An organization receives a large inheritance or a grant, but instead of celebration, leadership tensions emerge. The organization could be a congregation, a business, a civic group, a social organization or even a family. The main leader (clergyperson, president, chairperson, oldest child), who is passionate and convincing and has been in this position for about a year, has a clear vision of how to use the money for the long term good of the organization.
Someone else who has been with the organization since its founding, believes in a completely different approach to handling the money. This stalwart speaks to the historical identity of the organization and advocates a traditional response to the situation. Many in the organization back the stalwart because this person has shown wisdom, leadership and dedication throughout the years.
Within the organization people begin taking sides and speaking vehemently for or against the official leader and the stalwart. Some criticize each other instead. Some don’t speak publically, but gripe behind the scenes. Most don’t listen to those with opposing views.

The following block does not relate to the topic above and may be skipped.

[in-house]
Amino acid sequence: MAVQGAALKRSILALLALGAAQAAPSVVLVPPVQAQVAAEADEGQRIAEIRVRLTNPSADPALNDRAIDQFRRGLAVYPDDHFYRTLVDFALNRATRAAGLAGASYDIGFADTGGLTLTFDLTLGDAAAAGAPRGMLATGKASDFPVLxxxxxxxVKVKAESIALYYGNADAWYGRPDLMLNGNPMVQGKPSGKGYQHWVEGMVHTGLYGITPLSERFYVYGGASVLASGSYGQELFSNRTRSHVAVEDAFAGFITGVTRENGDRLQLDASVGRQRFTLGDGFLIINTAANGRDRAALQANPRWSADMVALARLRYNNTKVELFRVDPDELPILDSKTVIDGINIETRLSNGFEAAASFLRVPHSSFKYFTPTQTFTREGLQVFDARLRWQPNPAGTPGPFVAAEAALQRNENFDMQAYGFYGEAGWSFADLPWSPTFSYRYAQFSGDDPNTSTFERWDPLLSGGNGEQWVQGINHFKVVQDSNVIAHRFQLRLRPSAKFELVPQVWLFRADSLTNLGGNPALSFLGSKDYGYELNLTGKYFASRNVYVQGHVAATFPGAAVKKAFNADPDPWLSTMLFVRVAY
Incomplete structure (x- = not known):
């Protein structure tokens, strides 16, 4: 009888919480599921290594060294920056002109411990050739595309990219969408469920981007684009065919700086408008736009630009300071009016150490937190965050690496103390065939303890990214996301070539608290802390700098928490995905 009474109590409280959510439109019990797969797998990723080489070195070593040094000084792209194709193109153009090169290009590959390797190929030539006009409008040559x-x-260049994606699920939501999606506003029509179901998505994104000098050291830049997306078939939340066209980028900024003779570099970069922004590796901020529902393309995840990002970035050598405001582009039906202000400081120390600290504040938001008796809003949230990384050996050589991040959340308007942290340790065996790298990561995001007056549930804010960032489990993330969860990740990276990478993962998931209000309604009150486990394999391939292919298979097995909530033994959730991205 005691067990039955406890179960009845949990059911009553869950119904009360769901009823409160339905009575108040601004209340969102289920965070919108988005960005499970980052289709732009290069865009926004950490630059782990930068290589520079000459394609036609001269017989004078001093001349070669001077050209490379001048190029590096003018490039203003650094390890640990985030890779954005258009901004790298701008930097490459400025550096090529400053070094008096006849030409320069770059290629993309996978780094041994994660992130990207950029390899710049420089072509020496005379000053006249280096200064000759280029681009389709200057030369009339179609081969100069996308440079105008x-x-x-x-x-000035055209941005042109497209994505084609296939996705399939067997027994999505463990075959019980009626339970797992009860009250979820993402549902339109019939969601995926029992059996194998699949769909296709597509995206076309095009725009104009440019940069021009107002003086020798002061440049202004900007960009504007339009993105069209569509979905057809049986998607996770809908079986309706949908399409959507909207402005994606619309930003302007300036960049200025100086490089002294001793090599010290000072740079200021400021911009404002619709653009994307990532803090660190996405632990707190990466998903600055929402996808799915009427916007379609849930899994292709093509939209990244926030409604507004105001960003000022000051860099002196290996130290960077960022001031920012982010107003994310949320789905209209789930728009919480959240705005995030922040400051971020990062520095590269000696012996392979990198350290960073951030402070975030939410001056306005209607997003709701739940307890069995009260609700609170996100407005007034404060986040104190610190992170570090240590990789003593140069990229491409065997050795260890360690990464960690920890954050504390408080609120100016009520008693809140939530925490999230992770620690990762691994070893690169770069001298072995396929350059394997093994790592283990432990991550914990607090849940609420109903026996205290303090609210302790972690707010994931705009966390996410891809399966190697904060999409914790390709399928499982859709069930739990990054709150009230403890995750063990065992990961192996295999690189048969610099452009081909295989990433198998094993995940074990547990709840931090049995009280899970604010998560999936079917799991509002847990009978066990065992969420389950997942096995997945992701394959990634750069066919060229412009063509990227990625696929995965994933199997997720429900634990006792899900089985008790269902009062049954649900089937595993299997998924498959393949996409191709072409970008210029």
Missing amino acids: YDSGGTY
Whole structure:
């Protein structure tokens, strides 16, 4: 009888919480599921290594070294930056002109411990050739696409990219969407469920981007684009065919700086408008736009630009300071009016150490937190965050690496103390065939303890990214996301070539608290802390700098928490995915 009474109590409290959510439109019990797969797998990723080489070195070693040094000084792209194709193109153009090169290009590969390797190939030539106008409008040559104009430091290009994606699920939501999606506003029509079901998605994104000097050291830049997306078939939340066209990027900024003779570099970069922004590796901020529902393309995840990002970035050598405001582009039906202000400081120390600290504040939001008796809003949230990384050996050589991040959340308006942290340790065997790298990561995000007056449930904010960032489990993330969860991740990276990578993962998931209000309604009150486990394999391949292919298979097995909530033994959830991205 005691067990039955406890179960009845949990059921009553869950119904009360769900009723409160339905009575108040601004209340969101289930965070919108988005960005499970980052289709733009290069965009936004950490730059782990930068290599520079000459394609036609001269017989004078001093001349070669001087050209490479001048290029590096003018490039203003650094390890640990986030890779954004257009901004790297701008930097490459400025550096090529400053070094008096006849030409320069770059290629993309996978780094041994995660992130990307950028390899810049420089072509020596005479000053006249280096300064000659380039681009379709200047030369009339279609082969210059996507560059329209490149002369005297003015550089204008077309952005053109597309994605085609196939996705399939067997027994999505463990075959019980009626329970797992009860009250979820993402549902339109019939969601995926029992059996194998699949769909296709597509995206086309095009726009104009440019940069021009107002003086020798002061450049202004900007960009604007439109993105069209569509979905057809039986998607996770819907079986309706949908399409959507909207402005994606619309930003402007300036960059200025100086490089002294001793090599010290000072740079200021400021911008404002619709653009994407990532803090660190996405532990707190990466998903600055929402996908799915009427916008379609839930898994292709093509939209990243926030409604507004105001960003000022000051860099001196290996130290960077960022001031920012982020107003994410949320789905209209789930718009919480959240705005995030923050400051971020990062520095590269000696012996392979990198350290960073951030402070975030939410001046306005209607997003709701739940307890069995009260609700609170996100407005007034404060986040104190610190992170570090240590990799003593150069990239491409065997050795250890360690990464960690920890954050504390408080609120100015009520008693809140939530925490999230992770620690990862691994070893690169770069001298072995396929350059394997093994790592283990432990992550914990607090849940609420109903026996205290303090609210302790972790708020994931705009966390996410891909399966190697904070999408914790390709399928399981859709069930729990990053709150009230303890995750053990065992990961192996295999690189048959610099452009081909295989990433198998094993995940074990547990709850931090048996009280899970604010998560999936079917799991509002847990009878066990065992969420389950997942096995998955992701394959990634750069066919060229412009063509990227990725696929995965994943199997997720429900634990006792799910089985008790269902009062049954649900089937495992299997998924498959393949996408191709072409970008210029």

This might seem like a troubled group of people, each pushing to get their own position accepted while derailing the other position without listening or compromising or trying to find common ground. But that’s only one way of looking at it.
From another perspective, one can sense and feel a tremendous amount of energy here. Everyone including the leader, the stalwart and the followers have a strong commitment to the organization. These people believe in the organization and desire to make a difference. They are willing to put forward time and effort for the greater good that this organization brings to their lives and the lives of the larger community.
But they are divided.
At times, the forces around you as a leader or a participant in an organization seem destructive, at other times, constructive, even healing. There is much more similarity between the two types of systems than most people realize or want to admit.
In truth, powerful systems forces are neither positive, nor negative, but simply energy with tremendous potential. The difference comes in how or whether groups and leaders harness and direct the energy and for what purpose.
People can move with the energy and manage it or direct it in either destructive or healing ways. It is a choice, but often leaders don’t understand the choice, or don’t have the tools to consciously direct the energy in positive ways.
The Congogram Process and our practical systems tools help members and leaders of congregations and of families to manage energy before it produces a storm, or to subdue a storm that has already developed.